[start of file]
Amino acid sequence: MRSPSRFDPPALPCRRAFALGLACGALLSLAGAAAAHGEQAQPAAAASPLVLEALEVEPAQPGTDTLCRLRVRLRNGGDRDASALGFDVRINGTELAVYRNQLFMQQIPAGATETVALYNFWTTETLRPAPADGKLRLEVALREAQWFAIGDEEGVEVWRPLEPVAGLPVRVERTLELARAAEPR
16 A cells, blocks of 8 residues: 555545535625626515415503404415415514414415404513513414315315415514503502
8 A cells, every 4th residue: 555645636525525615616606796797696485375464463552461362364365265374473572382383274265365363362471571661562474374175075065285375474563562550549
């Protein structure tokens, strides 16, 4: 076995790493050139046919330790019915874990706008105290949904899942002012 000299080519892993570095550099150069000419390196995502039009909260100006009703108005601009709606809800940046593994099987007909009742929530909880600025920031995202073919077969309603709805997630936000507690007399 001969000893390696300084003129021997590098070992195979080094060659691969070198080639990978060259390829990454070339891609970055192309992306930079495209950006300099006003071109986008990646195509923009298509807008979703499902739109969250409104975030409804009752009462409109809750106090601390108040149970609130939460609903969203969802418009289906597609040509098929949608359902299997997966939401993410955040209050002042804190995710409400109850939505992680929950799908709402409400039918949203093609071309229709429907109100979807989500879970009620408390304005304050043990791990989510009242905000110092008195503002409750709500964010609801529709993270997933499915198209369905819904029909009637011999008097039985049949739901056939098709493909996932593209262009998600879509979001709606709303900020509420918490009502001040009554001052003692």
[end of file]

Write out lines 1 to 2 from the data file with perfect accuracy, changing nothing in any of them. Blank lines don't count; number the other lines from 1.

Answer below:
Amino acid sequence: MRSPSRFDPPALPCRRAFALGLACGALLSLAGAAAAHGEQAQPAAAASPLVLEALEVEPAQPGTDTLCRLRVRLRNGGDRDASALGFDVRINGTELAVYRNQLFMQQIPAGATETVALYNFWTTETLRPAPADGKLRLEVALREAQWFAIGDEEGVEVWRPLEPVAGLPVRVERTLELARAAEPR
16 A cells, blocks of 8 residues: 555545535625626515415503404415415514414415404513513414315315415514503502